Greenland is best known for its unique indigenous culture, as well as its astonishing nature and wildlife. Both are represented in prints made by the small business, Inuk Design. All prints are originally hand drawn by graphic designer, Liv Aurora Jensen, who runs the company with her husband, Peter Jensen.

Inuk Design produces a range of home products, from tableware to pillowcases and clothes, printed with Arctic-inspired designs. Its small store in the Greenlandic capital of Nuuk is a trove of original craft inspired by Greenlandic culture and nature.

‘Inuk’ means ‘human’ in Greenlandic. For Liv, Inuk Design has helped her reconnect with her own Greenlandic heritage. Born in Qasigiannguit in northern Greenland, she moved to Denmark at seven years old with her Danish father. Greenland has a shared history with Denmark dating back several hundred years. It was ruled by Denmark until 1979, but is today a self-governing country within the Kingdom of Denmark.

Inuk Design: Promoting Greenlandic culture through design

“I never felt at home in Denmark. When I moved to Denmark, I lost my language and my culture and I fell out of touch with my family,” says Liv. She decided to move back to Greenland in 1987 but, unable to speak the language, found it difficult to reintegrate with Greenlanders. In fact, she recalls, it was like starting over completely. Luckily, Liv had her creativity to rely on: “Moving back here was a long, difficult and emotional journey. During that time, I have subconsciously drawn my way back to the culture by drawing memories from my childhood,” she says.

Things became easier when Liv met Peter. The pair began working together in 2001, became a couple and got married the following year. Liv describes Peter as “a gift – someone who believed in me and my creative skills,” and Peter adds that Liv is “a very skillful graphic designer.” “My wife doesn’t draw every day but when she does, it’s almost as if she falls into a trance,” he says. “She will create a complete drawing in one go on a small piece of paper – without making any mistakes.”

Inuk Design: Promoting Greenlandic culture through design

International recognition

Inuk Design’s unique homage to Greenlandic culture and nature has attracted international success, with Liv exhibiting her work in cities like Reykjavik, Copenhagen, Düsseldorf, Paris and Toronto. This year, Inuk Design was awarded two awards by the German Design Council – the German Design Award and the Iconic Award. “The two German awards mean a lot to me,” Liv says. “It’s an amazing recognition that makes me incredibly happy and proud, especially because it was the German Design Council who found me online. I hadn’t reached out to them.”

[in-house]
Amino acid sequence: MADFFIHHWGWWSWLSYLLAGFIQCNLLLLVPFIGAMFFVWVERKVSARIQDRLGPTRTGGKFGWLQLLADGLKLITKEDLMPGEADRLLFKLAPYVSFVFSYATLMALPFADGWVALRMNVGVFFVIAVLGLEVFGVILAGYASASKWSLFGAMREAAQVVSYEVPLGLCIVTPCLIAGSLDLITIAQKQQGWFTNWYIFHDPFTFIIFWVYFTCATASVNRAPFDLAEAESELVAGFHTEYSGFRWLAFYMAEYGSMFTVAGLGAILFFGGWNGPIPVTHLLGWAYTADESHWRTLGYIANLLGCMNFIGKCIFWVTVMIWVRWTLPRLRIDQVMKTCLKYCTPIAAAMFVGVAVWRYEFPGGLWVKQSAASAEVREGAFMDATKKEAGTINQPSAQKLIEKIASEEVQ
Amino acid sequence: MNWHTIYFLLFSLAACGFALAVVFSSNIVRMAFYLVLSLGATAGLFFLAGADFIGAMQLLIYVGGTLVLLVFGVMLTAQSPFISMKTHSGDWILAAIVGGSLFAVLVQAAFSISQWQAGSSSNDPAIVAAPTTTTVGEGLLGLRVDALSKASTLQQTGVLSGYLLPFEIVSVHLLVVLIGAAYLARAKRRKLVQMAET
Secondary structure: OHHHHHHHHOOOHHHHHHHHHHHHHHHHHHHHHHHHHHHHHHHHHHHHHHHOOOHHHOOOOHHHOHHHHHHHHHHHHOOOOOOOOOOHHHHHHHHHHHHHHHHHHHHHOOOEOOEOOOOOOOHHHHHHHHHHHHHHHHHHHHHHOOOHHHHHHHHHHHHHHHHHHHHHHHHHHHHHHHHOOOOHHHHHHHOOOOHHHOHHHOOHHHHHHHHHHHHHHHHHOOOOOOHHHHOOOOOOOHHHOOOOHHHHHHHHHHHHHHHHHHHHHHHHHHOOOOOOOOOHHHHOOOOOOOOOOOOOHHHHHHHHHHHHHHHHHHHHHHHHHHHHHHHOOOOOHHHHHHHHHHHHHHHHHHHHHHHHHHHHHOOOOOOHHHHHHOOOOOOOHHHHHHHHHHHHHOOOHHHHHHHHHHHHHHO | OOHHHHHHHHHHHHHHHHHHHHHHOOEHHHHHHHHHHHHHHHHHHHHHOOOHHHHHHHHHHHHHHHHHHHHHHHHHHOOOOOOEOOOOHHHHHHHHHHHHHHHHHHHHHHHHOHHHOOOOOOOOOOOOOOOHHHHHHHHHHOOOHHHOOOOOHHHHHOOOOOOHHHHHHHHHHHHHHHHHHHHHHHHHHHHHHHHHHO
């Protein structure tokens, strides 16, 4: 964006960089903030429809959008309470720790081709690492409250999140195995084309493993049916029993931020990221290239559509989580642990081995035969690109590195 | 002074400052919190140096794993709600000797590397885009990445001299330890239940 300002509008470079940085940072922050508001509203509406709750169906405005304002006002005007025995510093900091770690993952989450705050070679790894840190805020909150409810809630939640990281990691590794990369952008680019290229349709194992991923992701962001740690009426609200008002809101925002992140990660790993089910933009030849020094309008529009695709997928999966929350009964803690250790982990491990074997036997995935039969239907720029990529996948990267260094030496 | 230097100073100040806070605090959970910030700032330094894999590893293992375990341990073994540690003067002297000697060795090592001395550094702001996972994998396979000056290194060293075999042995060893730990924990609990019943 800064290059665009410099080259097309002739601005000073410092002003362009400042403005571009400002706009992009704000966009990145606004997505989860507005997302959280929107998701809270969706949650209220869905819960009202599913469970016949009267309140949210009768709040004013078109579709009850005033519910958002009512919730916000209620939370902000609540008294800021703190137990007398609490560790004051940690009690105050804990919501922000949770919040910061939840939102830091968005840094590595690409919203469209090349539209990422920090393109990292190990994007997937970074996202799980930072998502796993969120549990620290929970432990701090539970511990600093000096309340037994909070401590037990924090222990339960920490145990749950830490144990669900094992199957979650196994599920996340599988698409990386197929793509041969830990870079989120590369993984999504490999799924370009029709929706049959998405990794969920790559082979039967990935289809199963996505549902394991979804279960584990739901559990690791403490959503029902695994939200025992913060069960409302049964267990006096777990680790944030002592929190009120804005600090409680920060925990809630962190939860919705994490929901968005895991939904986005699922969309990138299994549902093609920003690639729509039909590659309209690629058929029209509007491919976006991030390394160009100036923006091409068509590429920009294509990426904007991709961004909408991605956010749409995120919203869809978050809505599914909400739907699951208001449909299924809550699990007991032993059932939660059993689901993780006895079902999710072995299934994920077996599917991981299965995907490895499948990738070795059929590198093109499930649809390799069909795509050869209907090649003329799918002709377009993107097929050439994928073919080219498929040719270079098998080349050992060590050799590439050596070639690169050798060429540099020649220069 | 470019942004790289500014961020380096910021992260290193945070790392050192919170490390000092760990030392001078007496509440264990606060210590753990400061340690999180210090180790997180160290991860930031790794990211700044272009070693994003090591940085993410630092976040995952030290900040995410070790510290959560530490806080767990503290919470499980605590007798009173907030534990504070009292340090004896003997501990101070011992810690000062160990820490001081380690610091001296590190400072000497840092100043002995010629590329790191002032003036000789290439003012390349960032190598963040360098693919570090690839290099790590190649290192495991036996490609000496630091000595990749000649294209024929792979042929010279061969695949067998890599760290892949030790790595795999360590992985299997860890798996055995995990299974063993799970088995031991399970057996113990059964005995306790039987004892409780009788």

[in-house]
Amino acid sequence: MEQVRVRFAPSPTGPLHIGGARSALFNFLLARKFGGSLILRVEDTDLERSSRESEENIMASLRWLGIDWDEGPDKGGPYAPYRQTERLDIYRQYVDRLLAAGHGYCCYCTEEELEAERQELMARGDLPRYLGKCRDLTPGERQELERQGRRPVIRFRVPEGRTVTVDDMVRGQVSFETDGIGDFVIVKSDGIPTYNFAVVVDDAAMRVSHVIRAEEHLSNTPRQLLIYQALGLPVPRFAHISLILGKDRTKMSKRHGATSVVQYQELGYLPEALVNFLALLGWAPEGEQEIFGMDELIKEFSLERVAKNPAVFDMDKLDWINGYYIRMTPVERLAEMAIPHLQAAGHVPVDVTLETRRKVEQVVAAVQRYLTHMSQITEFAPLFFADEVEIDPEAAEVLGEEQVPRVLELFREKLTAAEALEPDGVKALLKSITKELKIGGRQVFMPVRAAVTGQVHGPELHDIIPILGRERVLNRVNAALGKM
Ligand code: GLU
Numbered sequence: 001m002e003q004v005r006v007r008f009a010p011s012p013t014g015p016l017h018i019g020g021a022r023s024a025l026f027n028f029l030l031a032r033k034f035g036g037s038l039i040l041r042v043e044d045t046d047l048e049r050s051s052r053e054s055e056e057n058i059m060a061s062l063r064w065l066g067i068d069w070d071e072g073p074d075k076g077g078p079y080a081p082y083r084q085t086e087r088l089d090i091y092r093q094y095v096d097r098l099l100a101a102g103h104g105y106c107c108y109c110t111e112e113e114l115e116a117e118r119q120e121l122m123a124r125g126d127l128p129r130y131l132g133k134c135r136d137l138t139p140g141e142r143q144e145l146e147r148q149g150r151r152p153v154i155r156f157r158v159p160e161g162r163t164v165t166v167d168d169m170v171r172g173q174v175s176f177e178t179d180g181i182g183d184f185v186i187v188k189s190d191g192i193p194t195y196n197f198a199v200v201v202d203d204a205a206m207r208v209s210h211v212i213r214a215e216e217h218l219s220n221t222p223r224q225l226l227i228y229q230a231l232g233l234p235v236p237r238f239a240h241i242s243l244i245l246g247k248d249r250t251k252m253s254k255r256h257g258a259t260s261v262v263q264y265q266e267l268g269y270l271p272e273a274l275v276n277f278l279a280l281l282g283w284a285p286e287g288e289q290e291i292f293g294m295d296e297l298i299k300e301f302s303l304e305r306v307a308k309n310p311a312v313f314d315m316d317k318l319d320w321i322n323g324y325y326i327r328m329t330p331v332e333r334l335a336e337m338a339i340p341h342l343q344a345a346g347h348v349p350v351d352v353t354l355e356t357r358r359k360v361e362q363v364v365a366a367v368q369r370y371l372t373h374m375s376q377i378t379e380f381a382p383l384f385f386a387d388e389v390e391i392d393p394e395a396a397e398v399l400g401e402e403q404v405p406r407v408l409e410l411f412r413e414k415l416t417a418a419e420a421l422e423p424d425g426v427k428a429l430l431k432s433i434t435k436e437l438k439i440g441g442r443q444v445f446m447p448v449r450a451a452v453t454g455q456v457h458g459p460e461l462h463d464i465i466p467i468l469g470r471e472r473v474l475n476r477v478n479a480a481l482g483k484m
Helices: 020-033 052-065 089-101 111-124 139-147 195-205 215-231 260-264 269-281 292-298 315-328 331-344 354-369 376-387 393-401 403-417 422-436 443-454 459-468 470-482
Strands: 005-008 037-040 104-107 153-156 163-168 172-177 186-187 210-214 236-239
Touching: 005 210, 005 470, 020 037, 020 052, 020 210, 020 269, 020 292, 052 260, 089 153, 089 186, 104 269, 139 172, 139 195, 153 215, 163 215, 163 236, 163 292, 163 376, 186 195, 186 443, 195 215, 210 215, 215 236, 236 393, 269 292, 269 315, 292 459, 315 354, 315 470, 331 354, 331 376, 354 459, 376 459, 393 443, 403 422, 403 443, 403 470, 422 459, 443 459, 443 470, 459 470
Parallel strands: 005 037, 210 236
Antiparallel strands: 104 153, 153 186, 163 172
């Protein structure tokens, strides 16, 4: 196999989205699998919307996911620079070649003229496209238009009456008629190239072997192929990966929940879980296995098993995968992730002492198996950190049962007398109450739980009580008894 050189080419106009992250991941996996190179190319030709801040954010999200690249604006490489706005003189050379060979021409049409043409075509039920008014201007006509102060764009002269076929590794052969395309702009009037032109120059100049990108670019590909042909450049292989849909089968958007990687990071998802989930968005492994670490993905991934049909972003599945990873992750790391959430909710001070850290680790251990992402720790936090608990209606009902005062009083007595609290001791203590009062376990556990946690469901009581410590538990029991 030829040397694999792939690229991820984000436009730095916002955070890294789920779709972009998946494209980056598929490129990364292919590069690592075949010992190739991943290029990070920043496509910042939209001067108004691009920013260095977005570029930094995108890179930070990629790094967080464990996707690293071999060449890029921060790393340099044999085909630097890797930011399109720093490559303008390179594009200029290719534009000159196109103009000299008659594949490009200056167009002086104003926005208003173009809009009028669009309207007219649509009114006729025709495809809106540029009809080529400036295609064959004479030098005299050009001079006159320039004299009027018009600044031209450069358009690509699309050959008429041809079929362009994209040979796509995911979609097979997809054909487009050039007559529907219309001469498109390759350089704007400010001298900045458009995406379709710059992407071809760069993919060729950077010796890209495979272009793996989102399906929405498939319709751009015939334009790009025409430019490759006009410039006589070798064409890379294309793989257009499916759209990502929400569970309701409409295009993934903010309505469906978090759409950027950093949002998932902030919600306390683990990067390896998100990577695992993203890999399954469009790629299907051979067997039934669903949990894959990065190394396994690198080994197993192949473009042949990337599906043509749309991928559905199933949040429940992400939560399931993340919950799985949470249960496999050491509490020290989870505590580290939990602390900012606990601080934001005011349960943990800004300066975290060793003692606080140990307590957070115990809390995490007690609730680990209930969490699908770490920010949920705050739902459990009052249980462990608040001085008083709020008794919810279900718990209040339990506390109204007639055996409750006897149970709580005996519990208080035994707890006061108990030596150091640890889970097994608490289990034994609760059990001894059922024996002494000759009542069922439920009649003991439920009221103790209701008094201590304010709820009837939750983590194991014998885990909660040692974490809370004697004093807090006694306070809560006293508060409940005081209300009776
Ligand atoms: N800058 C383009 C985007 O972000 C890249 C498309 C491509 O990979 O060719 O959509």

Inuk Design is helping to spread positive representation of Greenlanders and their culture within Denmark, while the small shop has welcomed tourists from all over the world who have taken an interest in the designs. “We have had tourists from places including Germany, Brazil, Japan, USA and Canada,” Liv says. “When they see the designs, it’s like they connect with it somehow. And when I ask what makes them interested in my products, they’ll tell me that they recognise their own culture in the designs. This makes me feel overwhelmed with joy. This design is unique, and yet it appeals to people of all ages and nations.”

Inuk Design: Promoting Greenlandic culture through design

Home is where the heart is

Even though they live in a remote community, Peter and Liv are outward-looking and have always felt at home on the international scene. “We have travelled quite a lot and whenever we travel, it’s like our own culture becomes stronger and more visible,” Liv explains.

Inuk Design: Promoting Greenlandic culture through design

Peter Jensen and Liv Aurora Jensen from Inuk Design.

Living in such an isolated place isn’t always easy for the business. Greenland has a small population, meaning they can’t order thousands of products at once, as they are not sure to sell quickly enough. Products must be manufactured ethically and sustainably abroad, and either flown or shipped to the country, which can take some time. Liv adds that there aren’t many traders in Greenland – making it a somewhat lonely profession.

Inuk Design: Promoting Greenlandic culture through design

Nevertheless, the couple wouldn’t want it any other way, and so they find solutions to the practical challenges. Inuk Design’s webshop, for example, ships worldwide. “I guess we could move to a major European city, such as London or Paris,” Liv reflects. “But our hearts belong here.”

Inuk Design: Promoting Greenlandic culture through design

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